Your derailleurs work hard with every shift of your bike and are key to keeping your drivetrain wear to a minimum. By lubricating your front and rear derailleurs you can keep shifting both quietly and smoothly. Just a drop of oil on any of the pivot points will suffice. No need for a top-to-bottom spray down!
The Brake And Shift Levers
The working parts on your brake and shift levers also need to be kept clean and lubed for optimal braking and shifting. Apply a dry lube to the pivot points while running your levers through their range of motion. Also, apply the lube to the adjusting barrel threads. No need to lubricate inside the shift levers--it may do more harm than good.
Making your bike sparkle is the fun part of bike maintenance. This light cleaning and application of a protective layer really makes your bike look great. It is also a good opportunity to look at different parts of your bike with a critical eye and check for odd wear, cracks, chips and other damage.
Give your bike a wash
After a long ride, or a long winter in storage, your bike needs a full wash. Washing is fast and easy with the right product. The right cleaning agent will quickly break down the dirt and grime that accumulates on your frame and components.
Revolutionize your cleaning with brushes
A sponge or rag can do the job, but cleaning becomes much easier with the right set of brushes designed specifically for the task of cleaning your bike. Special brushes make cleaning the frame, wheels, tires, and hard to reach places a cinch. Not only do the brushes get into small places to do a better job of cleaning, it is easier on your hands and fingers, as well as faster.
Make your bike shine like new
A polished bike not only looks amazing, but it even seems to ride better. Modern frames and components are made to shine. Beyond aesthetics, polished frames and parts stay clean longer as they resist dirt and moisture. Waxed and polished frames and parts also resist the accumulation of dirt and road grime, as it can't stick as well.
Other Bike Specific Maintenance TasksHere are some other simple maintenance tasks you can do, though they are not as universal as what we've just detailed above. Some bikes will need these, some won't. If you have any questions about whether you should or shouldn't do any of these, ask one of our Salem Cycle mechanics. They will point you in the right direction.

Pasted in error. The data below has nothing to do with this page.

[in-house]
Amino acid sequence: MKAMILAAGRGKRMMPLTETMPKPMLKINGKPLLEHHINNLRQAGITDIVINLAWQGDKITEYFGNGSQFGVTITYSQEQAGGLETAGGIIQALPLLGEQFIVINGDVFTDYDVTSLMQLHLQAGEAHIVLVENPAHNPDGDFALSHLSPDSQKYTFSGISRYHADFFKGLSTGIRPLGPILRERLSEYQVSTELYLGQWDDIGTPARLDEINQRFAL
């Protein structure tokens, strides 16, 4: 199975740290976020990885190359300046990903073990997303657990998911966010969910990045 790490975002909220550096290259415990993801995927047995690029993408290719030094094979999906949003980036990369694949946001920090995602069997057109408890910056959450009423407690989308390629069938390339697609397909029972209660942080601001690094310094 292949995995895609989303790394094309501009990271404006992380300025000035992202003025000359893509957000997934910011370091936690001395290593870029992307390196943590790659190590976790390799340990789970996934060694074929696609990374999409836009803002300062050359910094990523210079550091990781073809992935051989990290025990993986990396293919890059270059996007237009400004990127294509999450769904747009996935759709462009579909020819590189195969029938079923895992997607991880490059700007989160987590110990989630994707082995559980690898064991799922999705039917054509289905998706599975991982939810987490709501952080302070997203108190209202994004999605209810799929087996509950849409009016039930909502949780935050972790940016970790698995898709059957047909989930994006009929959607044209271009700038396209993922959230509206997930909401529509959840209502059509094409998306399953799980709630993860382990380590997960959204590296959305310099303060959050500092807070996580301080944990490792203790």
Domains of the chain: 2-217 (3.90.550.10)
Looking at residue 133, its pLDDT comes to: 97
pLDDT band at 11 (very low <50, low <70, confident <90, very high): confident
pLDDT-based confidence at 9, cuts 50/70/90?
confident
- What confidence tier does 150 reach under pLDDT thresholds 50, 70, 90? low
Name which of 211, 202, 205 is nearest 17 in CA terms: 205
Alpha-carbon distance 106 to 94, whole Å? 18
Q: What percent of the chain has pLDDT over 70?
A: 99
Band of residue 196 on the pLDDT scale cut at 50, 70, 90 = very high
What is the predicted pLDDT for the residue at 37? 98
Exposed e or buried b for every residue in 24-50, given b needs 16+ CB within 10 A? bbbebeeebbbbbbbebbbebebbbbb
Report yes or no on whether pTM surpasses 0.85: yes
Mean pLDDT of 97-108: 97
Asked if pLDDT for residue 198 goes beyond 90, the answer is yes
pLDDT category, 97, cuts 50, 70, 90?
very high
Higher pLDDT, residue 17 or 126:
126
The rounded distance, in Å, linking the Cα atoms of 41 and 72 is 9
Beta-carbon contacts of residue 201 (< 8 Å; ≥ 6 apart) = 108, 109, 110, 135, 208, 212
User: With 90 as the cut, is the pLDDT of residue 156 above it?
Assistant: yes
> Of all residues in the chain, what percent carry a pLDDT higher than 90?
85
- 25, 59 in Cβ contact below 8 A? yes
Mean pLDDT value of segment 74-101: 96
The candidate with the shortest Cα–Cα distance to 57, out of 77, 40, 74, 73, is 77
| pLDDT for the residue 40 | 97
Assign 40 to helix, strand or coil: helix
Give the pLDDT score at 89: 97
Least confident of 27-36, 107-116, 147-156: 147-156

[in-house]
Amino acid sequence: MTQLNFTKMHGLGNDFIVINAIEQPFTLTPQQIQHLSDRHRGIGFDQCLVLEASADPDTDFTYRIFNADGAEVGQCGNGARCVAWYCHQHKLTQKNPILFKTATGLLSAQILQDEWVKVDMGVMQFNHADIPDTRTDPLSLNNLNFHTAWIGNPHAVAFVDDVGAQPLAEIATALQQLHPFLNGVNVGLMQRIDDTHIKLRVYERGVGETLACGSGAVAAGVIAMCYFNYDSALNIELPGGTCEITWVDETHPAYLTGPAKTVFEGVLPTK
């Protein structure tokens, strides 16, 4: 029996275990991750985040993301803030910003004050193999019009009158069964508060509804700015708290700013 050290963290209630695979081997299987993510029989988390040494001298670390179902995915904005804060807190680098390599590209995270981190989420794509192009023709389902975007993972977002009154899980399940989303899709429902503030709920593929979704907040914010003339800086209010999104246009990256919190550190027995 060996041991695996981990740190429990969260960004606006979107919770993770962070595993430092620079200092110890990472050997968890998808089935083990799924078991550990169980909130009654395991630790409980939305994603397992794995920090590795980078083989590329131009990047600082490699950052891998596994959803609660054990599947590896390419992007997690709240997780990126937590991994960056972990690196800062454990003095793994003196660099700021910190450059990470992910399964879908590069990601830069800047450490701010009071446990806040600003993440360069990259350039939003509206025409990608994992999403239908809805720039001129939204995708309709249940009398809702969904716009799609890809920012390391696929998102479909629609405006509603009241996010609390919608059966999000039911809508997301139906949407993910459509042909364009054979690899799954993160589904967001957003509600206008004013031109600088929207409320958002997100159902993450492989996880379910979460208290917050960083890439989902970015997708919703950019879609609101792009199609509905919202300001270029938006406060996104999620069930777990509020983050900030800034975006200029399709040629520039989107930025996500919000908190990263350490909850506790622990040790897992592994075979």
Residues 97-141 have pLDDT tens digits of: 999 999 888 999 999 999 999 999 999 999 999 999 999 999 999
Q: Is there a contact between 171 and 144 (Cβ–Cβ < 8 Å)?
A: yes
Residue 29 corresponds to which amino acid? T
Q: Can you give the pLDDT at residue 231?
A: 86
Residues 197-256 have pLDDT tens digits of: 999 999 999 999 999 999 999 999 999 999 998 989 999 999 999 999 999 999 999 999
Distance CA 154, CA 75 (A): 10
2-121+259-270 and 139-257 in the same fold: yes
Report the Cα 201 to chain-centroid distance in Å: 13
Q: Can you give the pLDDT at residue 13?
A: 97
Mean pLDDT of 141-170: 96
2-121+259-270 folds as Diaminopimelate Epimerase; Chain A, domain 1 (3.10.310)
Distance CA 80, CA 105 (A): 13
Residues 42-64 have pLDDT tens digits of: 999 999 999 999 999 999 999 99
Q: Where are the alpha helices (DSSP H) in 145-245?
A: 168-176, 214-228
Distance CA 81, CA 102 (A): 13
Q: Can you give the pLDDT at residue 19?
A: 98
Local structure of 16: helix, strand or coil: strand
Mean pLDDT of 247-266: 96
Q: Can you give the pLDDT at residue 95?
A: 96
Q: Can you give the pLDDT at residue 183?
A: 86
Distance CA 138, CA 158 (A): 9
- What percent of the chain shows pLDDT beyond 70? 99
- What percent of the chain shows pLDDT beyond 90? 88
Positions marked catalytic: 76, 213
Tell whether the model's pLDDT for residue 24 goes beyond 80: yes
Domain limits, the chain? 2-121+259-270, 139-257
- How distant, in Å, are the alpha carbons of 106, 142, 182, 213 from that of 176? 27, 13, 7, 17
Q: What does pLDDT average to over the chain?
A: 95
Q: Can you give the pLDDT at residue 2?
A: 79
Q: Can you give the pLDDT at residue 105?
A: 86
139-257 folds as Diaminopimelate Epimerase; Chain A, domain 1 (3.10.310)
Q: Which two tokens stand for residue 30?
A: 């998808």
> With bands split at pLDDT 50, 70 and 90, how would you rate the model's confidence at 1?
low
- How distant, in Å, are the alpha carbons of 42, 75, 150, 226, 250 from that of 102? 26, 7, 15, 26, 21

Grease Your Seatpost
Simply removing your seatpost every few months and applying a thin layer of grease to the part prevents corrosion and makes it easy to raise and lower your seat. If you ride in the rain much, you will also want to mop out the seat tube from the road grit that gets sprayed up from rear wheel.
Lube Your Suspension
It's important to keep the seals, O-rings and stanchions on your suspension fork or shock unit lubricated. In addition, most shock makers recommend having the shock oil replaced with new oil once a year, which is far different than what you are likely used to with your car or truck. Most shock units are reasonably easy to change the oil on, whether you have Yorktown Cycles' shop do it or do it yourself.
Cleaning Your Caliper Brakes
It's important to keep the rims clean of any rubber deposits from the brake pads and clean of grime and dirt, too. A good degreaser is perfect for this task. After the rims are clean, check your brake pads. Glazed, hardened or dirty pads can cause a loss of braking power and squeaking noises. Clean them by scrubbing off any debris and hardened glaze with sandpaper. If pads are close to their wear limit, don't bother cleaning them! Put some new pads on instead.
Cleaning Your Disc Brakes
Disc brakes offer impressive stopping power, but to maintain this power, you have to keep them clean. A name brand degreaser will easily remove both dirt and glaze off the rotors. Just be sure to replace the pads if they get chipped or contaminated with grease and grime.